The financial success of a 300-meter observation tower could only be realized due to the invention of the elevator. Four sets of slanting lifts ascend the tower’s splayed legs to the intermediate levels, navigating through a network of beams that intersect in crosses and star-shaped patterns. The second ascent is vertical, directly up the core of the structure. As the cabin soars higher, the tower’s four corners gradually enclose it. Right before the iron appears to be depleted, the elevator halts and opens its doors.

Addressing technical challenges was merely a fraction of Eiffel’s endeavors. Early in the construction phase, around 50 of the era’s most prominent French artists and writers co-signed a letter to the press, denouncing the “dark and colossal factory chimney” that would overshadow Paris’s magnificent monuments with its “savage bulk.” Eiffel responded with an extensive counterargument: “Why should something that is praiseworthy in Egypt become unsightly and absurd in Paris?” he inquired. Two years later, the tower welcomed nearly two million visitors during the exhibition.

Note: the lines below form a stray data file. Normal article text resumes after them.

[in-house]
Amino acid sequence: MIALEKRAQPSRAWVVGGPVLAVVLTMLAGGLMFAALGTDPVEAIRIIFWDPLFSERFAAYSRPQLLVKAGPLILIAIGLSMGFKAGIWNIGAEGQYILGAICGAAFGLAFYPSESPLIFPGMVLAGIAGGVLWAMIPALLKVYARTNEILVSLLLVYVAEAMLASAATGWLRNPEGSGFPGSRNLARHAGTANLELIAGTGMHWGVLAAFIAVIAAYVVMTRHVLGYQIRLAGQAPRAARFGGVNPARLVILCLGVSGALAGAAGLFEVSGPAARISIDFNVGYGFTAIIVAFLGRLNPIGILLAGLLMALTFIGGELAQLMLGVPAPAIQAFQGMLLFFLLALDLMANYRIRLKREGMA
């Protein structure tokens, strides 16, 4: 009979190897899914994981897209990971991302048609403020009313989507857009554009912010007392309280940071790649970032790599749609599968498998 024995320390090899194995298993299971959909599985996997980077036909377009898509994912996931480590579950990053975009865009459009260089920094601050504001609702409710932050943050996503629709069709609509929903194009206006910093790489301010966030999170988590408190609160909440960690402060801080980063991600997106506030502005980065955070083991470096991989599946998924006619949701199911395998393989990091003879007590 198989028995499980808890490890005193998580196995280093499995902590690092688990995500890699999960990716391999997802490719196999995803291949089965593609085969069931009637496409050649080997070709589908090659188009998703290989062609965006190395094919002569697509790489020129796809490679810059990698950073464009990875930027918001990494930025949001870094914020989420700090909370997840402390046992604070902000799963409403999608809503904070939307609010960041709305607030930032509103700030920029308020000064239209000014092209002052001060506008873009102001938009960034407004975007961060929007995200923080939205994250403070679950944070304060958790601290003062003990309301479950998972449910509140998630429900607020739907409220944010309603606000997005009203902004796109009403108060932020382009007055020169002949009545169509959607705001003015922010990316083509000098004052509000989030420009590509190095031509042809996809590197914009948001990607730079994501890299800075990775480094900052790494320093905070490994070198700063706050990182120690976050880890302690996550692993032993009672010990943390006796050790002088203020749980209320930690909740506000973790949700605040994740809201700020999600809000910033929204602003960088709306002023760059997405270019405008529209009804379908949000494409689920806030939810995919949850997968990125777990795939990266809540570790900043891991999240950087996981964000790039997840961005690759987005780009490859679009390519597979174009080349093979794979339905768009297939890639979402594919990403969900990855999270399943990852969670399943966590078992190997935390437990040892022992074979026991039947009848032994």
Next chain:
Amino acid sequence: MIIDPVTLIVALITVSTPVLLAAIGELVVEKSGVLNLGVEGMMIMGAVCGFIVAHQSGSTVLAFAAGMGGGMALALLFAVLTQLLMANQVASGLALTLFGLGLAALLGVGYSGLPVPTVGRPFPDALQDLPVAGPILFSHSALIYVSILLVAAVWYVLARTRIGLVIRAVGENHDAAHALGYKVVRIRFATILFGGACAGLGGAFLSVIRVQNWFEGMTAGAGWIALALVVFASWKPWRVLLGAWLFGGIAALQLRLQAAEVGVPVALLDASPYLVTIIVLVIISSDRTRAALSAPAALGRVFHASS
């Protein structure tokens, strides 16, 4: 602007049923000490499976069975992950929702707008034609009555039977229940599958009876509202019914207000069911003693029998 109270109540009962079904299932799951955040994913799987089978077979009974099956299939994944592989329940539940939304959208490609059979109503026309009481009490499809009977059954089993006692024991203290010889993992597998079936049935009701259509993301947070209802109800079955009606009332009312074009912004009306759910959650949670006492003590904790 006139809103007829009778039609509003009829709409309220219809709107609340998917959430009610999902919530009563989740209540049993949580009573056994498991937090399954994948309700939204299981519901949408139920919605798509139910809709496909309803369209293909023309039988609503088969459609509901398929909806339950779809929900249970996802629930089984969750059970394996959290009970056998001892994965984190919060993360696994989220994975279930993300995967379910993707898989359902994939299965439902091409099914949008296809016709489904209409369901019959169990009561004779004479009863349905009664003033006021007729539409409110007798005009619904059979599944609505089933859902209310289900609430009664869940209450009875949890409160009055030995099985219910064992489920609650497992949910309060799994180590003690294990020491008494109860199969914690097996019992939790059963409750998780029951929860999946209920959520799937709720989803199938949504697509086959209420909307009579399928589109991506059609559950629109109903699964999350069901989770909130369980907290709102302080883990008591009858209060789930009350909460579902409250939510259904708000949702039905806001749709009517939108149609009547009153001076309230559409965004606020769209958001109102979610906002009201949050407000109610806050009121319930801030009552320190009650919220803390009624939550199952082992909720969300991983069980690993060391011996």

Eiffel’s crowning accomplishment was initially scheduled for dismantling by 1909. However, it was preserved at his insistence that it could function as a platform for scientific experiments and later as a radio transmitter. Eiffel-designed bridges and buildings can be found from Hungary to Bolivia. He even devised the internal framework for the Statue of Liberty. Were it not for Eiffel’s unwavering determination, the tower bearing his name might be known today only through a handful of faded postcards.


A mere thirty-minute journey west from central Paris on the local train, the town and suburb of Versailles has developed around a palace that serves as perhaps the most extraordinary example of micromanagement the world has ever witnessed. In 1661, the youthful Louis XIV embarked on a substantial expansion of his father’s former hunting lodge to exalt his reign and safeguard his throne against two problematic factions – Parisians and ambitious nobles who could potentially establish private power bases in the provinces.